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« Reply #6 on: March 25, 2019, 12:18:48 PM »

Quote
i think i would prefer that the levels were handmade to compare my progression with my friends
If we could save the random seed for each generated level and store that in the URL, we could have it both: randomly generated but reproducable levels that can be shared with others.
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FrankForce
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« Reply #7 on: March 27, 2019, 08:34:36 AM »

Coda, thanks for the bug report! It's hard to tell from the gif what happened. Are you saying you think it generated an unsolvable puzzle?

Jon, I definitely want to add random number seed stuff soon. That would also help if someone thinks a puzzle is unsolvable.
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-Coda-
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« Reply #8 on: March 28, 2019, 08:53:04 AM »

in fact this happend when i press the down and right button at the same time (I'm sorry I didn't specify)
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FrankForce
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« Reply #9 on: March 30, 2019, 03:18:14 PM »

Oh wow thanks! That's an awesome bug that I didn't know about.

It doesn't really break the game though, so lets just call it a feature for now Wink
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AoF
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« Reply #10 on: April 05, 2019, 12:49:34 PM »

The levels will continue forever though they get more complex and there are new mechanics introduced at level 10, 20 and 30 for anyone that gets that far. You can also go down a level, and when you do, some new options open up.

I appreciate knowing this before I play.  Thank you.

Quote
Anyway, I could really use some help testing it and feedback. Also does it get too difficult too fast? So far I've only gotten to level 20.

On the first screen, I have no idea what I'm supposed to do/press to start the level.

Oh, this is the level.  I thought it was a tutorial page.

That first level ends so abruptly, it made me feel like I'm not sure how I did it.  Apparently I did the right thing, though.

After pushing the 2s together on the 2nd level, I get how to play now.

Or... I thought I did.  Apparently, the numbers slide all the way across when you push.  I thought they went one step at a time.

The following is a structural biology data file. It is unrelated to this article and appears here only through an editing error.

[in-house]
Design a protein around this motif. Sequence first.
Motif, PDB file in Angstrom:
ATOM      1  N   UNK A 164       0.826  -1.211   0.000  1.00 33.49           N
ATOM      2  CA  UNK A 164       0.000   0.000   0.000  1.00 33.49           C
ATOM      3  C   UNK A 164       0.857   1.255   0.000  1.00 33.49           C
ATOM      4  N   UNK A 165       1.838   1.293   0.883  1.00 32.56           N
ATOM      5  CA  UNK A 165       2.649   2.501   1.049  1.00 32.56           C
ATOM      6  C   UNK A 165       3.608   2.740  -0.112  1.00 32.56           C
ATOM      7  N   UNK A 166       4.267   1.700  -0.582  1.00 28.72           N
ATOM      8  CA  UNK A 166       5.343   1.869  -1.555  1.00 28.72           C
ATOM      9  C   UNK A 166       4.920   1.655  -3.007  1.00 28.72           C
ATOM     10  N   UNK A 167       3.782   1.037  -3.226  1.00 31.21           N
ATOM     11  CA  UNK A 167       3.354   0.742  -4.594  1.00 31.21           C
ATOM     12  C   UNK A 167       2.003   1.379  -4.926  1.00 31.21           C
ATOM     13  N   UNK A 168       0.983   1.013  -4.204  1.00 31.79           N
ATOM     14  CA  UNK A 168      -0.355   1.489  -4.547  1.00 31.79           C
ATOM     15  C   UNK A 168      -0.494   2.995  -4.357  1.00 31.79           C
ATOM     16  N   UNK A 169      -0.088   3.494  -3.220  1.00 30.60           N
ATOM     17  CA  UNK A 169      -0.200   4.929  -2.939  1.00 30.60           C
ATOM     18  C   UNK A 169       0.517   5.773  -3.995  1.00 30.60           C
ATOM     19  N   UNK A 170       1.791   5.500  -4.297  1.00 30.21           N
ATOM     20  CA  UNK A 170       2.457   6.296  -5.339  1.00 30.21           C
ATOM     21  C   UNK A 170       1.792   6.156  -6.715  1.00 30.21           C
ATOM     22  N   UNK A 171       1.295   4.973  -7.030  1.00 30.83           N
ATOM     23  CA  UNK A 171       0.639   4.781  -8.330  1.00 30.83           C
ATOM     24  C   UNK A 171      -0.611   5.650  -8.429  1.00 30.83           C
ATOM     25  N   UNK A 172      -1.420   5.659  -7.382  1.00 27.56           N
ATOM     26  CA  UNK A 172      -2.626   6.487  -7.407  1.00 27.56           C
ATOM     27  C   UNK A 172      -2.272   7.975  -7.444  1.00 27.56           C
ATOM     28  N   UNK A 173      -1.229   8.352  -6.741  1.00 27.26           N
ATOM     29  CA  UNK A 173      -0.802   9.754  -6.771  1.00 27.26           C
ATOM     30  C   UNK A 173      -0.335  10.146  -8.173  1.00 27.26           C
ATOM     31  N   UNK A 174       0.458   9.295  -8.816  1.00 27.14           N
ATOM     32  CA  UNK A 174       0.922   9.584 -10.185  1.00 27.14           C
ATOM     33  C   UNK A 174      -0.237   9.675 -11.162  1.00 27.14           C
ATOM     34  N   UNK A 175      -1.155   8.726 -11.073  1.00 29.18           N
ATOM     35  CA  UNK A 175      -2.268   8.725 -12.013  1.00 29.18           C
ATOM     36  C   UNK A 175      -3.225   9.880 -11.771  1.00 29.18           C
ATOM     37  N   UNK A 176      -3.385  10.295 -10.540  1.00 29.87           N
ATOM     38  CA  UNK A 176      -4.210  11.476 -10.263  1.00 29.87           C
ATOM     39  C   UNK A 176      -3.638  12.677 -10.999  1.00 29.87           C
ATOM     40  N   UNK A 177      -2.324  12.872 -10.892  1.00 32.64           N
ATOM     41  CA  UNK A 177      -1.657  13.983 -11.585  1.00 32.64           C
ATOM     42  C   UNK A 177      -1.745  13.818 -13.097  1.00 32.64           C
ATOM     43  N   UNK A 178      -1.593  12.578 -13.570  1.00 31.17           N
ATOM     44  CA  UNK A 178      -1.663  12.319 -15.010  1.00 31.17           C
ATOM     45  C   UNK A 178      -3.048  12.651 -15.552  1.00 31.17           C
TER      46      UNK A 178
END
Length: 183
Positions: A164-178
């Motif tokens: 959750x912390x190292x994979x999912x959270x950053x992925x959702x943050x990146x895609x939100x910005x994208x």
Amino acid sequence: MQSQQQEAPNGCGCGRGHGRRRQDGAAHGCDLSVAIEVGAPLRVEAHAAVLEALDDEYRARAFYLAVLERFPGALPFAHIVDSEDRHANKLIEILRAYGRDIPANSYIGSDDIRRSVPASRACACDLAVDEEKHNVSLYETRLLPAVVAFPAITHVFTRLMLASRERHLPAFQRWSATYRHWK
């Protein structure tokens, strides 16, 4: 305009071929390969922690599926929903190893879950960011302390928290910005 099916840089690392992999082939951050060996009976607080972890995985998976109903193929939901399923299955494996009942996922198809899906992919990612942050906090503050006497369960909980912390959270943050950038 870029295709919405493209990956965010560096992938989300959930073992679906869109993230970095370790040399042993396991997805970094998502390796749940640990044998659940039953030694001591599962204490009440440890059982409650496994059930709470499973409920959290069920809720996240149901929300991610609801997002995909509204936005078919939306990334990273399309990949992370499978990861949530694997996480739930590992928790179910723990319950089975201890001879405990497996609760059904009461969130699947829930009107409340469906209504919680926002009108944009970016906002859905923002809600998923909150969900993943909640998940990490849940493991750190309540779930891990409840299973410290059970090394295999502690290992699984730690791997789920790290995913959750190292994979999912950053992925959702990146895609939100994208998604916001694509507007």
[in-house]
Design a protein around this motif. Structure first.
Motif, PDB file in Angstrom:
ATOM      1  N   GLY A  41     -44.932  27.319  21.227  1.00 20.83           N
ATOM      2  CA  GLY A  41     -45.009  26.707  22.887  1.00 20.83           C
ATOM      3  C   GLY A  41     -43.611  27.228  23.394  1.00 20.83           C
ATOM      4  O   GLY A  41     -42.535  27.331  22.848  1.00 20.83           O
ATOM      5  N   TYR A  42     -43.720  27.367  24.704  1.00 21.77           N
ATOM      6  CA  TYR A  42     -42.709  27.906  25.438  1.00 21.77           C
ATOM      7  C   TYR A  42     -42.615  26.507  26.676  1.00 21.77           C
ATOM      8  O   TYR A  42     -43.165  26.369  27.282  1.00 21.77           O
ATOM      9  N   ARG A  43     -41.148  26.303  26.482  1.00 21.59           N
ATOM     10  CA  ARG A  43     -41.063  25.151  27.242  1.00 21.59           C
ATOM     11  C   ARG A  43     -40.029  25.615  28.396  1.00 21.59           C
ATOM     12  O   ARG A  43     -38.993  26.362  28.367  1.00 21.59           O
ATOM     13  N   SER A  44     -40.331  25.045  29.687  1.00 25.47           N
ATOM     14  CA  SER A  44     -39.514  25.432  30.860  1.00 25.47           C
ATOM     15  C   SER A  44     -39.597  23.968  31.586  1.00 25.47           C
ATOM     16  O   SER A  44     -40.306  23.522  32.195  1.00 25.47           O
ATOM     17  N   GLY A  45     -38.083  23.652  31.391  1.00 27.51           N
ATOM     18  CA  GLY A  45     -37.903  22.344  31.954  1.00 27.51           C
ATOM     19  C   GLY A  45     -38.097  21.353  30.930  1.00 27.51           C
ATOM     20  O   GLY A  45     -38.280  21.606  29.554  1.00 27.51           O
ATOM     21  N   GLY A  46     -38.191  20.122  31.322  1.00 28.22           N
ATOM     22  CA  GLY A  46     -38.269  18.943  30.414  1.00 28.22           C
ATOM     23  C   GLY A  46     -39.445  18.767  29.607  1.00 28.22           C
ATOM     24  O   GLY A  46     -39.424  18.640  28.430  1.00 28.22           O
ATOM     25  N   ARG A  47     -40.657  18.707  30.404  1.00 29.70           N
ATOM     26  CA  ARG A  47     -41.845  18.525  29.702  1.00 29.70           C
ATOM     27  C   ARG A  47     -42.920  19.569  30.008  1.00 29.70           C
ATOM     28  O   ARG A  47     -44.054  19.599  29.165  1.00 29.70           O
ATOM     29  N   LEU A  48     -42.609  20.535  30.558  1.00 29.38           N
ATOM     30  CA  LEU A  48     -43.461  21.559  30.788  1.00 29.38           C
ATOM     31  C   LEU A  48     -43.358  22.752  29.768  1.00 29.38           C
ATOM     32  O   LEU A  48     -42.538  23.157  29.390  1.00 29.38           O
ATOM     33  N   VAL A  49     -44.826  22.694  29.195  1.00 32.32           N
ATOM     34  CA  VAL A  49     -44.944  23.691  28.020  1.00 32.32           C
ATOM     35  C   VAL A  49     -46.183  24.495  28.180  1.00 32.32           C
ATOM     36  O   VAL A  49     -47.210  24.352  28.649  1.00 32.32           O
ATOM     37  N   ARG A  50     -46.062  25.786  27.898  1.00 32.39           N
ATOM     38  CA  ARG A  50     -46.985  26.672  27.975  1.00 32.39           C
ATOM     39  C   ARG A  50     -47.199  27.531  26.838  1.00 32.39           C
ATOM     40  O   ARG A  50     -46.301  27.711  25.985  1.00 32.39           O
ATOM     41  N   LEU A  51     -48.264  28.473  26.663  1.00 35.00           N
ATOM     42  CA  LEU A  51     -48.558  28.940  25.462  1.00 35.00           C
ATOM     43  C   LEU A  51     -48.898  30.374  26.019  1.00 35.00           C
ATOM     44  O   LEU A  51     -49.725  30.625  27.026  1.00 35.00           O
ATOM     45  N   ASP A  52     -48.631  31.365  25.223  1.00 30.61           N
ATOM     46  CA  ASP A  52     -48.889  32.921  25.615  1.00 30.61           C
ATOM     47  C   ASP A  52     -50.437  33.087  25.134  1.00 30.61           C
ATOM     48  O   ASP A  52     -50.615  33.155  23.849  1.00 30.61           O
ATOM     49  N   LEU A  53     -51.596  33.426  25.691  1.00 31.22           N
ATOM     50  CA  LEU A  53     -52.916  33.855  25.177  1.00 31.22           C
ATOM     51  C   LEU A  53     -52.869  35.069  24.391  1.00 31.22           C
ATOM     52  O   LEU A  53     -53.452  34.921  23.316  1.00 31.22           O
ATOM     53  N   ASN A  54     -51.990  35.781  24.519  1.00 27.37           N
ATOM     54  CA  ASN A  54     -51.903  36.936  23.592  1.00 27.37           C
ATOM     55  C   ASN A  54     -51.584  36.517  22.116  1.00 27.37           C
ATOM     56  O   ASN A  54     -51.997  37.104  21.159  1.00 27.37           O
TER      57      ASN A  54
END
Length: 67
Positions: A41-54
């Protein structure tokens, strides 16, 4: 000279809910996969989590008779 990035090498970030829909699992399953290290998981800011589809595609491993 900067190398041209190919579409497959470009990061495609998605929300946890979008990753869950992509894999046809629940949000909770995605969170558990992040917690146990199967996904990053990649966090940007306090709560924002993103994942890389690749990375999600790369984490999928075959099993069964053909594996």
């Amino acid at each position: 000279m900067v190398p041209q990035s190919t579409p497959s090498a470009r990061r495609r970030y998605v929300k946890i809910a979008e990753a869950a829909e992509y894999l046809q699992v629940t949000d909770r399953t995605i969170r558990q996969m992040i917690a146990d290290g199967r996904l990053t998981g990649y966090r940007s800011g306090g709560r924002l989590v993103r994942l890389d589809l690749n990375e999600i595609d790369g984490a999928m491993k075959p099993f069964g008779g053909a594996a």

Yeah, this game is pretty cool.  I'm at level 4.  At level 3, I had to experiment and undo to figure out some of the rules.

The main thing I want right now is for the game to freeze after I beat a level and let me press something to continue.  I want to see and relish in my victory for a bit. 

OK, apparently I can push things INTO the walls.  I'm on level 6.  I don't know if I can still merge things if they're in walls or if that freezes them.  I want to restart this level.  Maybe that's what "Level down" does, but pressing '-' is not doing anything.

Level 6 was the most challenging level for me so far.  Pushing through walls is not something that I would have assumed could be a strategy.  What I really want is a R button to restart.

Level 7 was easier than 6.

Level 9 seemed so complex, that all I could do was try stuff and hope that it worked out in the end.  I beat it on my first try, but it was the first time it didn't feel "awesome."  I felt like I got lucky and didn't earn that win.  There were too many steps to think ahead than I could personally plan for so I just tried anything.

Level 10 gave me a little bit of that feeling near the end, but not as much as 9 did.

Ah, ok, so "Minus - Level Down" is not a keyboard instruction. 

Level 11 seems too hard to me and this is where I'm going to quit.  That minus block adds too many possibilities in my mind.  What I suggest you do is make Level 11 really straight forward with the minus block before you give me so many options for it.  But then again, maybe it could be just a bad concept?  The minus block's existence makes me feel like I could have made a mistake on ANY step, and I'll just have to wait until I get stuck to realize that I did.  The thought of that happening is so un-fun, I don't want to experiment on this level to figure out how to beat it.